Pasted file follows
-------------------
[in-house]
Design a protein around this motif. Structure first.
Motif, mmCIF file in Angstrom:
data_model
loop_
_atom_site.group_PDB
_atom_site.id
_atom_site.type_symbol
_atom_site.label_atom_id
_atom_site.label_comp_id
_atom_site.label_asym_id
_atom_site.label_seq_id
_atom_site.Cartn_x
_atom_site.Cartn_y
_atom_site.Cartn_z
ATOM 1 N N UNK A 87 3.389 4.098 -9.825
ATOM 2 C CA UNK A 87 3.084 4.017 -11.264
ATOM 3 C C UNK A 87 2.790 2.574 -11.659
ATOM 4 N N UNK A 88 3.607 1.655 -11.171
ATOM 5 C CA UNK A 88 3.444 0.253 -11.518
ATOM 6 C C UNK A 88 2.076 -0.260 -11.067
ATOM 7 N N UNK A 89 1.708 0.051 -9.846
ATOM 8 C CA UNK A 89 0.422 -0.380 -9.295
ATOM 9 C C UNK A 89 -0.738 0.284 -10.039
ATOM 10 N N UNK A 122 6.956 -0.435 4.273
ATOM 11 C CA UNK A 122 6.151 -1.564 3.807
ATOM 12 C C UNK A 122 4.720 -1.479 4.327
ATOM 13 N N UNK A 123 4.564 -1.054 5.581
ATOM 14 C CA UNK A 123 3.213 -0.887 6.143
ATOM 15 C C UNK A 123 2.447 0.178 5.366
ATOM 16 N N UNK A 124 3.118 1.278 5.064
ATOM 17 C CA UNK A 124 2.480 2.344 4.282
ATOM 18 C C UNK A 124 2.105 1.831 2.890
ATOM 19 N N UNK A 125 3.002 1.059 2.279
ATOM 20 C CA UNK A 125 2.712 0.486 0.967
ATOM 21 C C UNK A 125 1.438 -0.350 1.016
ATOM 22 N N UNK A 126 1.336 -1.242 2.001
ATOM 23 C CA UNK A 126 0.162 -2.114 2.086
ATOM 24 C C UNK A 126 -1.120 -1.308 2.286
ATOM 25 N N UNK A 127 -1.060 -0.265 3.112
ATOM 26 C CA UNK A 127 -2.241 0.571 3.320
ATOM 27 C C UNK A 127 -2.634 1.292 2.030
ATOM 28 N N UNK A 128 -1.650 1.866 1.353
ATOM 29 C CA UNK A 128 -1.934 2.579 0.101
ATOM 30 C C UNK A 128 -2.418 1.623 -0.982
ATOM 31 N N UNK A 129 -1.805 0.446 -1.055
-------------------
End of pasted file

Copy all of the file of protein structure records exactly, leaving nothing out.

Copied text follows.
[in-house]
Design a protein around this motif. Structure first.
Motif, mmCIF file in Angstrom:
data_model
loop_
_atom_site.group_PDB
_atom_site.id
_atom_site.type_symbol
_atom_site.label_atom_id
_atom_site.label_comp_id
_atom_site.label_asym_id
_atom_site.label_seq_id
_atom_site.Cartn_x
_atom_site.Cartn_y
_atom_site.Cartn_z
ATOM 1 N N UNK A 87 3.389 4.098 -9.825
ATOM 2 C CA UNK A 87 3.084 4.017 -11.264
ATOM 3 C C UNK A 87 2.790 2.574 -11.659
ATOM 4 N N UNK A 88 3.607 1.655 -11.171
ATOM 5 C CA UNK A 88 3.444 0.253 -11.518
ATOM 6 C C UNK A 88 2.076 -0.260 -11.067
ATOM 7 N N UNK A 89 1.708 0.051 -9.846
ATOM 8 C CA UNK A 89 0.422 -0.380 -9.295
ATOM 9 C C UNK A 89 -0.738 0.284 -10.039
ATOM 10 N N UNK A 122 6.956 -0.435 4.273
ATOM 11 C CA UNK A 122 6.151 -1.564 3.807
ATOM 12 C C UNK A 122 4.720 -1.479 4.327
ATOM 13 N N UNK A 123 4.564 -1.054 5.581
ATOM 14 C CA UNK A 123 3.213 -0.887 6.143
ATOM 15 C C UNK A 123 2.447 0.178 5.366
ATOM 16 N N UNK A 124 3.118 1.278 5.064
ATOM 17 C CA UNK A 124 2.480 2.344 4.282
ATOM 18 C C UNK A 124 2.105 1.831 2.890
ATOM 19 N N UNK A 125 3.002 1.059 2.279
ATOM 20 C CA UNK A 125 2.712 0.486 0.967
ATOM 21 C C UNK A 125 1.438 -0.350 1.016
ATOM 22 N N UNK A 126 1.336 -1.242 2.001
ATOM 23 C CA UNK A 126 0.162 -2.114 2.086
ATOM 24 C C UNK A 126 -1.120 -1.308 2.286
ATOM 25 N N UNK A 127 -1.060 -0.265 3.112
ATOM 26 C CA UNK A 127 -2.241 0.571 3.320
ATOM 27 C C UNK A 127 -2.634 1.292 2.030
ATOM 28 N N UNK A 128 -1.650 1.866 1.353
ATOM 29 C CA UNK A 128 -1.934 2.579 0.101
ATOM 30 C C UNK A 128 -2.418 1.623 -0.982
ATOM 31 N N UNK A 129 -1.805 0.446 -1.055